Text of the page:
The Best Safaris In Kenya

Safari In Tsavo East & West National Parks

Safari In Tsavo East & West National Parks
By Stuart Butler

Combined, Tsavo East and West National Parks cover an enormous swathe of Kenya.

Tsavo West alone (the bigger of the two parks) covers an area greater in size than Wales, or two and half times the size of Yellowstone National Park.

The two parks are separated from each other by the Nairobi-Mombasa highway and are easy to reach from either city.

Despite being directly adjacent, the two parks are radically different from one another with the green hills of Tsavo East a marked contrast to the red soil and volcanic landscapes of Tsavo West.

While the generally arid climate can't support the diversity of life of the Mara, Tsavo is still home to all the Big Five, including many prides of the Tsavo lion, whose males are known for their lack of manes and heightened aggression – in 1898, two maneless Tsavo lions, known as the Maneaters of Tsavo, killed more than 130 people.

Tsavo is home to many other safari staples such as hippos, impalas, dik-dik and hundreds of bird species. But this is primarily elephant country and Tsavo is renowned for the size of its tuskers (or rather, was renowned for them: sadly poachers have killed many of the more impressively tusked elephants).

Given the size of the parks, the game populations are much less compact and therefore harder to spot. But there is a more peaceful atmosphere to the Tsavo safari experience. Lodges in Tsavo generally offer transfers to and from the train stations at Voi and Mtito Andei as well as from the several airstrips in the parks.

Safari in Tsavo national parks

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Giraffe Tsavo East National Park Kenya

Giraffe standing tall in Tsavo East National Park

Tsavo National Parks wildlife

Tsavo has a diverse collection of wildlife, including some dry country species that you won’t see in the Masai Mara. However, because of the drier nature of the terrain and lower population density you’ll need to be patient.

Key species include elephants – some of which have reached huge sizes and many of which spend half their life coated in Tsavo’s fine red dust.

The parks are also renowned for their lions, and both leopard and cheetah are seen with some regularity.

If you’re really lucky you might see wild dogs or several cat species.Rhinos are present in the special rhino sanctuary but are also occasionally seen living elsewhere in the park.

Of the grazers, zebra and wildebeest are common and there are some unusual dry country species such as the gerenuk and oryx.

The birdlife is superb with some 500 species recorded.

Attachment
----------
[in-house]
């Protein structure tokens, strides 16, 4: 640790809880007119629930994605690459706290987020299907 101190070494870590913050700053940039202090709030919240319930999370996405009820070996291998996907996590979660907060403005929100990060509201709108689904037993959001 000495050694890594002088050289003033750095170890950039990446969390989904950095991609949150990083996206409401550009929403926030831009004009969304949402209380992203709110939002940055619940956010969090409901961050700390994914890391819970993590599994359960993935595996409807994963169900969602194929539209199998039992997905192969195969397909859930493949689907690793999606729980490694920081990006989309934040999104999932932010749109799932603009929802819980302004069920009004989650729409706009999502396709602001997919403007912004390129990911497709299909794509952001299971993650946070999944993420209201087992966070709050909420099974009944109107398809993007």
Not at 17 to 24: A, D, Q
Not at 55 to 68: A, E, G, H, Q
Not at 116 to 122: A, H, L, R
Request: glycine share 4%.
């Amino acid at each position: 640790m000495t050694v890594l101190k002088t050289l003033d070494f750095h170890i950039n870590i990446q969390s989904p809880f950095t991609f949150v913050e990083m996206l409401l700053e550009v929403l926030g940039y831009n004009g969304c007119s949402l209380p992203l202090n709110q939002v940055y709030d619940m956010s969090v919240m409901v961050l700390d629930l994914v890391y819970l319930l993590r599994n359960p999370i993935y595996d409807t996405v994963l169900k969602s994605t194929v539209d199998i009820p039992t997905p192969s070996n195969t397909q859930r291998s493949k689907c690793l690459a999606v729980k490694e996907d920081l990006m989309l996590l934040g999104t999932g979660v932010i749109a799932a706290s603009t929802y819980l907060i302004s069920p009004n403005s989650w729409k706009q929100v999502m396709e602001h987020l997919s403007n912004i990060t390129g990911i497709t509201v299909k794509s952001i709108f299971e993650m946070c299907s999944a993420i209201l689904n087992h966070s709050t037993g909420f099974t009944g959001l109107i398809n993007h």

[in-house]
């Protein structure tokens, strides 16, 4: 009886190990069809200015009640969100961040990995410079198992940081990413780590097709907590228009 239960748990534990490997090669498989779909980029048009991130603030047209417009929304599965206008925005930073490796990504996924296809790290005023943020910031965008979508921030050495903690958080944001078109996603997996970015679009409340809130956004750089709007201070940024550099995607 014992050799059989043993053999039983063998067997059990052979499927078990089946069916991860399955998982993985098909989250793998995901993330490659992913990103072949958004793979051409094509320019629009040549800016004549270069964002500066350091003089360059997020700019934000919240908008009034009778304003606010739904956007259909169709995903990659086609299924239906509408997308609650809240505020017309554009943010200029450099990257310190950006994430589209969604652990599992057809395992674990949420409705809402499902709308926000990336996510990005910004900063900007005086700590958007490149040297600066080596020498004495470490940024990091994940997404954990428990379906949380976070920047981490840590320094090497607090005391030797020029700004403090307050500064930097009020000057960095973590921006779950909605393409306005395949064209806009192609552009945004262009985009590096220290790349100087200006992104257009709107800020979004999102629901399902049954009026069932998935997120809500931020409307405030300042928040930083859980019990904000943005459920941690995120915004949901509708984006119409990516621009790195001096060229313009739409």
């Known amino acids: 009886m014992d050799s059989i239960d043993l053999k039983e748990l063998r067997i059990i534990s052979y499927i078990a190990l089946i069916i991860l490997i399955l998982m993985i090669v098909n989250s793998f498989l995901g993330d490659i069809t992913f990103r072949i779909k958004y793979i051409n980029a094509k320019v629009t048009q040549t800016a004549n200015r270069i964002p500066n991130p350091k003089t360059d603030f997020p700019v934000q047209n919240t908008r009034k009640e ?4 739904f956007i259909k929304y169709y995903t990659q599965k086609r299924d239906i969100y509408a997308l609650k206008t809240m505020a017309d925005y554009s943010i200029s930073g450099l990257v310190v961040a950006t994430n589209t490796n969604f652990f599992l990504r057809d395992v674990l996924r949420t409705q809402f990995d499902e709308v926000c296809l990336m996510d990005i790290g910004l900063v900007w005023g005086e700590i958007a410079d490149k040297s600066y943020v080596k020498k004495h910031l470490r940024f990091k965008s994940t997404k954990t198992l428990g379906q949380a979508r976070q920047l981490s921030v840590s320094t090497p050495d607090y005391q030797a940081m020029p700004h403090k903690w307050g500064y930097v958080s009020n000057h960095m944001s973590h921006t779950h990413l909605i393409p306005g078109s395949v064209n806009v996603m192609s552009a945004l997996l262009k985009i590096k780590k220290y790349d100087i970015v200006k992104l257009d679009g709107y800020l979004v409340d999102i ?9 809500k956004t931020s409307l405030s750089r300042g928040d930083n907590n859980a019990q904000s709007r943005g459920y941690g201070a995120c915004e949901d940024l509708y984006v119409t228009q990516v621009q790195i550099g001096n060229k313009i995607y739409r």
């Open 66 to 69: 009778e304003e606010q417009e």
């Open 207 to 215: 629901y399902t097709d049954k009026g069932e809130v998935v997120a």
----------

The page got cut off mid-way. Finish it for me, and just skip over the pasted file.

Tsavo highlights

Aquatic life

At Mzima Springs, a beautiful green oasis with sky blue waters, the park authorities have constructed an underwater viewing chamber which allows you to peek in on hundreds of fish and – if you’re really lucky – one of the resident crocs or hippos.

Lava flows

The Shetani lava flows, just outside of Tsavo West, are a 50sqkm slab of petrified lava flow laid down just a few hundred years ago. This alien landscape offers startling views and you can hike up to the cinder cone.

Rhino spotting

A reserve within a reserve, the Ngulia Rhino Sanctuary protects what remains of Tsavo’s once huge rhino population and a visit is a sure fire way of getting to see some of Kenya’s black rhino.

Kanderi swamp

One of the most idyllic places within this dusty, scrubby landscape, the Kanderi Swamp offers year round permanent water and grazing and as such attracts an impressive number of animals including plenty of lion and elephant.

Best time to visit the Tsavo National Parks

Any time between June and February is great for Tsavo (though it gets very hot by late February). The middle of the dry seasons (Sept-Oct and Jan-early March) sees wildlife congregating around water sources and consequently these are the best periods to be here. Park tracks can be washed away and many camps close during heavy March-June rains.

How to get to Tsavo National Parks

Tsavo is easy to fit into an overland journey along the Nairobi-Mombasa highway as the main gates lie right off this road. This makes Tsavo a good choice for independent travellers. As with the Masai Mara though most people fly with Air Kenya (www.airkenya.com) and Safari Link (www.flysafarilink.com) from Nairobi, the coast or Amboseli and Masai Mara parks.

Where to stay in Tsavo

Most of the accommodation is based inside the two parks although there are some cheaper options along the Nairobi-Mombasa highway.

In Tsavo West most of the accommodation is fairly expensive (unless you have your own camping gear in which case there are three spartan public campgrounds).

Finch Hatton’s (www.finchhattons.com) is the most exclusive accommodation within the park.

A more affordable and utterly delightful option is Kitani Safari Lodge (https://severin-travel.com/hotel-item/kitani-safari-lodge/), which offers simple self-catering cabins in a wilderness setting.

In Tsavo East there’s a more comprehensive range of accommodation including the spectacular Galdessa Camp (www.galdessa.com) and the more down to earth Satao Camp (www.sataocamp.com).

Safari In Tsavo East & West National Parks

Stuart Butler

Stuart is the author of Lonely Planet’s Trekking in Nepal, the Rough Guide to Nepal, the Tibet chapter of the Rough Guide to China and the Bradt guide to Kashmir & Ladakh. He also writes widely about East Africa and conservation issues.

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